PRC online misinformation campaign against Hong Kong protesters exposed

PRC online misinformation campaign against Hong Kong protesters exposed

Twitter and Facebook shut down thousands of accounts in mid-August 2019 that were part of a People’s Republic of China (PRC) operation to manipulate online conversations against the Hong Kong protesters and suppress their calls for political change, according to statements released by the companies.

Twitter closed 936 active accounts that it deemed were part of the PRC’s efforts to coordinate a misinformation campaign via fake accounts on its platform. Twitter also shut down another 200,000 accounts that it said were created to support the operation through a “spammy network.” Meanwhile, Facebook closed five accounts, seven pages and three groups on its platform that it deemed fake and linked to the anti-protester operation, according to statements released by the companies.

“Overall, these accounts were deliberately and specifically attempting to sow political discord in Hong Kong, including undermining the legitimacy and political positions of the protest movement on the ground. Based on our intensive investigations, we have reliable evidence to support that this is a coordinated state-backed operation,” Twitter said in an August 19, 2019, statement. “Specifically, we identified large clusters of accounts behaving in a coordinated manner to amplify messages related to the Hong Kong protests.”

The fake posts, which were made under the guise of normal U.S. citizens, promoted PRC propaganda initiatives and labeled the protesters as “terrorists” and “cockroaches,” according to The Washington Postnewspaper.

Daniel Sinclair, an independent social media researcher based in New York, said the PRC’s online influencing campaigns have intensified in Western nations likely due to growing anxiety over how the PRC is perceived,The Washington Postreported. That concern has been apparently elevated amid PRC coercive behaviors, such as its reported use of excessive force in Hong Kong.

(Pictured: Medical staff members hold placards during an August 13, 2019, picket at Queen Elizabeth Hospital in Hong Kong denouncing police brutality during recent anti-government protests.)

“This Chinese nationalism that is spreading across American and Western social media — much of it isn’t true disinformation as we understand it, but a lot of it is backed by actual state propaganda and fake news,” Sinclair said. “I don’t think we’ve ever seen their media machine working at this scale. … With social media, China has new kinds of influence, and new fingers in the Western media, that they haven’t had before.”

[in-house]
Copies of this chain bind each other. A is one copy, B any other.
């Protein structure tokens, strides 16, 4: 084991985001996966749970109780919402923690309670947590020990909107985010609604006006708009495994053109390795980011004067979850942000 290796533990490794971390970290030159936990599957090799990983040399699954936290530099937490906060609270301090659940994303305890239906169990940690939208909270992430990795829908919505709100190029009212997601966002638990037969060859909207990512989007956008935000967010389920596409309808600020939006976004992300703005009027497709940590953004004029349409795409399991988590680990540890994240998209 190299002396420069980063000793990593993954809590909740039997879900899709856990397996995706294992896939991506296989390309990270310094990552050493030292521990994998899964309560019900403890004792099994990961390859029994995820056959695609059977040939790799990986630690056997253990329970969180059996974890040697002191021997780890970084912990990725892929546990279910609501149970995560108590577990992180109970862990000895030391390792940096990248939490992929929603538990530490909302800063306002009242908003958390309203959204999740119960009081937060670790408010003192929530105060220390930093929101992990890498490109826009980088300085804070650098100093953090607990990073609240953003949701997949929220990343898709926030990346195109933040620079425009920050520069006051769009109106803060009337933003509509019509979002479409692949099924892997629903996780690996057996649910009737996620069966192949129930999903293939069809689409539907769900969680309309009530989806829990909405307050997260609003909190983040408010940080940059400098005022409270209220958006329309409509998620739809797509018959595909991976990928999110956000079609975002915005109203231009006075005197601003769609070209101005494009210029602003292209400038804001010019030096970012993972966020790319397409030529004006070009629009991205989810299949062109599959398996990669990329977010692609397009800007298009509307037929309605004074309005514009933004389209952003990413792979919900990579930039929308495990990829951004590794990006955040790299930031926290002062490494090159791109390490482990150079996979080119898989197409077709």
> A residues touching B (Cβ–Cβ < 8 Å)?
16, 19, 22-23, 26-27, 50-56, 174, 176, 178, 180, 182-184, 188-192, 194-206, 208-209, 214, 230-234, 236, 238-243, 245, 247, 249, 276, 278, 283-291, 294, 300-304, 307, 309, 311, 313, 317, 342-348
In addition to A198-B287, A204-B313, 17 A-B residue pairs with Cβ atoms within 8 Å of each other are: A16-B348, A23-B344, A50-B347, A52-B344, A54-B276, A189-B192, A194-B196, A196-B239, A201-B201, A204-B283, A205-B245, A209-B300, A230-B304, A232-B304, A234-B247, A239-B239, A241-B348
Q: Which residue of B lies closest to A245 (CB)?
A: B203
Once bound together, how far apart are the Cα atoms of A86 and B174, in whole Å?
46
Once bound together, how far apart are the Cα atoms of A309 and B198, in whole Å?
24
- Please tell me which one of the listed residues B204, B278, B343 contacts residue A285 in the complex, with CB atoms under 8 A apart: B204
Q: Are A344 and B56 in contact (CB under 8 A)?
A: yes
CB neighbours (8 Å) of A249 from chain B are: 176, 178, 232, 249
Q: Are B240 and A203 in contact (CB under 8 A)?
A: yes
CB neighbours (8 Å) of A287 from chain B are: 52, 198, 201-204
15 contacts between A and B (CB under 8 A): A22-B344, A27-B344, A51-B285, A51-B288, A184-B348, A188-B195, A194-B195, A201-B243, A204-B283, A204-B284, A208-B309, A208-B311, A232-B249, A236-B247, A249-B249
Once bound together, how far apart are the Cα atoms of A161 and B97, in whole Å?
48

In addition to the fake account operations, the PRC purchased promoted tweets to try to portray the protesters as violent, according to TechCrunch, a U.S. online publication covering technology.

PRC officials sidestepped the allegations by Twitter and Facebook and claimed the PRC has a right to put out messaging on these platforms, which are available in Hong Kong, Reuters reported. Social media platforms such as Renren and Weibo, which are tightly controlled by the state, are widely available in China.

Although the PRC blocks Twitter and Facebook as well as other U.S. social media platforms in China, it wants to control the message on these platforms outside of its nation in English and in Chinese. The PRC runs the top four media outlets worldwide with the greatest followings on Facebook, according to an April 2019 analysis by The Economistmagazine. CGTN, China Daily, People’s Daily and Xinhua, which are all news outlets operated by the Chinese government, are the top news sites globally on Facebook, as ranked by the number of followers. The PRC has been caught engaging in other activities to manipulate content on various social media platforms worldwide. In March 2019, Facebook sued four Chinese companies for selling fake Facebook and Instagram accounts, likes and followers, according to court filings.

The companies offer assorted services, including bundles of phony accounts for Facebook and Instagram and other platforms such as Twitter, Snapchat, YouTube, LinkedIn and Google Voice, the complaint said. They also advertise services “designed to increase likes, comments, friends, and other activity,” TechCrunch reported. They also use false marketing materials, The Verge, a technology news website, reported.

“The Chinese government has built an entire infrastructure to support its efforts at information control, through a combination of censorship and disinformation,” U.S. Sen. Mark R. Warner, a Virginia Democrat, said in a statement. “And it’s exporting both the technology and ideas information control to authoritarian regimes around the world.”

U.S. companies, under pressure from U.S. citizens and government officials, have increased their commitment to detect and dismantle forms of online manipulation in the aftermath of the 2016 U.S. presidential election.

Facebook and Instagram disabled 2.1 billion fake accounts between January and September 2018, the Facebook complaint said, but that may have been just the beginning. “By filing the lawsuit, we hope to reinforce that this kind of fraudulent activity is not tolerated — and that we’ll act forcefully to protect the integrity of our platform,” Facebook said in its March 2019 statement.

Similarly, Twitter said in its August statement, “Covert, manipulative behaviors have no place in our service… we are committed to understanding and combating how bad-faith actors use our services.”